The four paintings and one sculpture I encountered at Crystal Bridges are figurative. They share a preoccupation with the relationship of race, ethnicity, society, and history.
This is from the museum label describing Marshall’s painting, “Our Town” (1995):
Our Town is part of his Garden Project series, in which low-income housing projects are ironically rendered as idyllic places.
This is from the museum label’s description of Baéz’s “Pendant (de Benin Granda y el Cibao)” (2016):
[…] Báez outlines her lineage to three distinct coastal regions, delicately mapping them onto the body of the figure in this drawing.
This is the label describing Shimomura’s painting, “Block Dance Break # 1” (1981):
Only three years old when his family entered Minidoka Relocation Center in Hunt, Idaho, Shimomura used his own memory, public archives, and his grandmother’s diaries to revisit the family’s experience years later in his Minidoka on My Mind series. This portrait recalls one of Shimomura’s brighter memories when each section, or block, would host their own independent social events, including Shimomura’s favorite, the Block Dance.
This is the museum label for Casteel’s painting, “Ourlando” (2018):
The subject […] is a suit shop owner on 125th St. in Harlem. Often depicting Black men, Casteel, strives to humanize her models. The resulting images are not a fabricated story about Black men in this country, but stem from real-life encounters.
Finally, this is the museum label for Suh’s sculpture, “Some/One” (2004):
Appearing as a cross between a robe and body armor, this looming sculpture is composed of thousands of military dog tags. Inspired in part by his two-year service in the South Korean military, Do Ho Suh thought a lot about his individual identity within the masses during his time as a soldier.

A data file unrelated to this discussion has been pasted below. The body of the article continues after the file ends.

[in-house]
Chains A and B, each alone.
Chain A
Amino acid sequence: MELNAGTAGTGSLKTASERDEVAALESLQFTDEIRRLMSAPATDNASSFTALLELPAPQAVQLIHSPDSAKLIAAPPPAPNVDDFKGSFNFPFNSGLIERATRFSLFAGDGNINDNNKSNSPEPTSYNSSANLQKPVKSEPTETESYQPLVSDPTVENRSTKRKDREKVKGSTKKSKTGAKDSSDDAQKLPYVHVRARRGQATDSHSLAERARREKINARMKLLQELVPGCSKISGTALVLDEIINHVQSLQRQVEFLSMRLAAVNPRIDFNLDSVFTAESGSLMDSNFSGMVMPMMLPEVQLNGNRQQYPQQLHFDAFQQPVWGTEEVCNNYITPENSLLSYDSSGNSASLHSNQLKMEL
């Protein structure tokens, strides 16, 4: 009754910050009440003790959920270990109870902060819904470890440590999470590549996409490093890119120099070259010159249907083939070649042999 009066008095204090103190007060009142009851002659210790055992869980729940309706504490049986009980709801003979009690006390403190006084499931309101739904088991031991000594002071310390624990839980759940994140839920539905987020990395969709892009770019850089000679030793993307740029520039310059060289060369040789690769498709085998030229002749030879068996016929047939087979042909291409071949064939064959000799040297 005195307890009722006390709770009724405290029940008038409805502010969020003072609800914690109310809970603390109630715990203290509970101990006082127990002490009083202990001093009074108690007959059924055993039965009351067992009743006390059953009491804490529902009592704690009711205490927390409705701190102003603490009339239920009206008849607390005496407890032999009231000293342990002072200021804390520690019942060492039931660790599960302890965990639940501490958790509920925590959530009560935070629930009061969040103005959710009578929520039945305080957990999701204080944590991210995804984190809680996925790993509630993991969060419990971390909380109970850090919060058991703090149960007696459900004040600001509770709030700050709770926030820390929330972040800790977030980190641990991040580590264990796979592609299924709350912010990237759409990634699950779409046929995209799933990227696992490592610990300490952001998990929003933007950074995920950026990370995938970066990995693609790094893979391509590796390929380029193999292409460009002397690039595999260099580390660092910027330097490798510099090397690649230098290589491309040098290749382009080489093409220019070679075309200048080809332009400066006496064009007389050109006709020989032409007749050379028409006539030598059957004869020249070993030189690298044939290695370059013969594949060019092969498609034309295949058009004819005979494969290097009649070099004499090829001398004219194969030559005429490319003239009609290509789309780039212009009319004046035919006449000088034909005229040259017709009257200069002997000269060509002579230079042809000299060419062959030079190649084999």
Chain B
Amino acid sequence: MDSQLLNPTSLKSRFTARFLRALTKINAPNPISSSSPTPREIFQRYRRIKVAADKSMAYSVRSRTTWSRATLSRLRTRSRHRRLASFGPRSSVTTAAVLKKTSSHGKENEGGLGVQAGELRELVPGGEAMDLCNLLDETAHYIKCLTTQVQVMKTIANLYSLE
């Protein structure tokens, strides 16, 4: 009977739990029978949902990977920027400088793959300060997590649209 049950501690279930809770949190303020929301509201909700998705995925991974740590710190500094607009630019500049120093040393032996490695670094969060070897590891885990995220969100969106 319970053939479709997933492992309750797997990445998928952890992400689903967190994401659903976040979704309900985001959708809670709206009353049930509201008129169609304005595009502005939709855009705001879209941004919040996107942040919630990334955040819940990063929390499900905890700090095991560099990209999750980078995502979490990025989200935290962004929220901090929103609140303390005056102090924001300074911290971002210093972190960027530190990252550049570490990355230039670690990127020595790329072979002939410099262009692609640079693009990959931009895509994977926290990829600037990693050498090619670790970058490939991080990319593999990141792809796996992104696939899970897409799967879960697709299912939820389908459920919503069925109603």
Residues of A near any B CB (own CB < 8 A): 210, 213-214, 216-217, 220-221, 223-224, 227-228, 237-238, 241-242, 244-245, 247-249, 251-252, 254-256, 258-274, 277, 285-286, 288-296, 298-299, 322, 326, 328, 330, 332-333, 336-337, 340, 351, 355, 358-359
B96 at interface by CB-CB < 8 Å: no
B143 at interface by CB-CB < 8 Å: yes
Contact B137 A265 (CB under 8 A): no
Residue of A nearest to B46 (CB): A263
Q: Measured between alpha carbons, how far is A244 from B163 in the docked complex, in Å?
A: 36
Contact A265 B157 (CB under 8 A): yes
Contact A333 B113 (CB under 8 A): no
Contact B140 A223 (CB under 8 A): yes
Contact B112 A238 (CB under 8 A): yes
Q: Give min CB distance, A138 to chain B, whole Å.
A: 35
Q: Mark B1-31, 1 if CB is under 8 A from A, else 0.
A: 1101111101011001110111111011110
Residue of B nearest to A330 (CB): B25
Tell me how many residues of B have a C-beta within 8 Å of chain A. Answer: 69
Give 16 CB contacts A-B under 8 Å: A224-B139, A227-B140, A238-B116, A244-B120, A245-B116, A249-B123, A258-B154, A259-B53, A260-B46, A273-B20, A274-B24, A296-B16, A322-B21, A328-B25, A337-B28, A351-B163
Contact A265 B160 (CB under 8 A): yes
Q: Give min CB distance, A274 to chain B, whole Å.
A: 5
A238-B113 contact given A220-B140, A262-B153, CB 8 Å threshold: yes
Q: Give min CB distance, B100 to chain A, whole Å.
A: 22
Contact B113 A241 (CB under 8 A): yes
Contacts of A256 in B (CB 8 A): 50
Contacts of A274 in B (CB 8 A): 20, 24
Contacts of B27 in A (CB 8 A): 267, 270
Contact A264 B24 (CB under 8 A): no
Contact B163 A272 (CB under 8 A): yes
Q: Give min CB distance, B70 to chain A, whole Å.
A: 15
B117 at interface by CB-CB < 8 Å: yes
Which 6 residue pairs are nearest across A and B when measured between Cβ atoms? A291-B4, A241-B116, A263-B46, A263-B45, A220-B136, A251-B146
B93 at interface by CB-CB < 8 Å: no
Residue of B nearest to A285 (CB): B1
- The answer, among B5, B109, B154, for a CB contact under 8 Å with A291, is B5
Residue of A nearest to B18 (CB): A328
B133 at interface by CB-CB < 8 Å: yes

Through their chosen medium, these artists explore different ways identity is constructed. All of them agree that identity is never built in a vacuum, and one of the forces is one’s local culture – the South Korean army for Suh and an internment camp for Shimomura.
And yet, what struck me when I turned the corner and saw the works displayed together was this: There were no signs or texts declaring that this selection was focused on identity. Instead, the relationship between them was that they were figurative paintings depicting single individuals or groups of people. It was apparent that the selection favors neither the fictional nor the observed. In other words, the grouping was not didactic.
The other thing that struck me, and really this is what inspired me to write this essay, was the sight of Shimomura’s painting alongside works by Marshall, Baéz, and Casteel and the sculpture by Suh. It is obvious that Shimomura, who is now 80, has been sorely overlooked by New York museums.
Marshall has talked about never having seen paintings of Black people in museums when he was growing up. Need I point out that this is true for many people of other ethnicities? I am not claiming that the grouping I saw at Crystal Bridges is perfect. It is just the kind of gathering of differences that I don’t ever remember seeing in a museum in New York.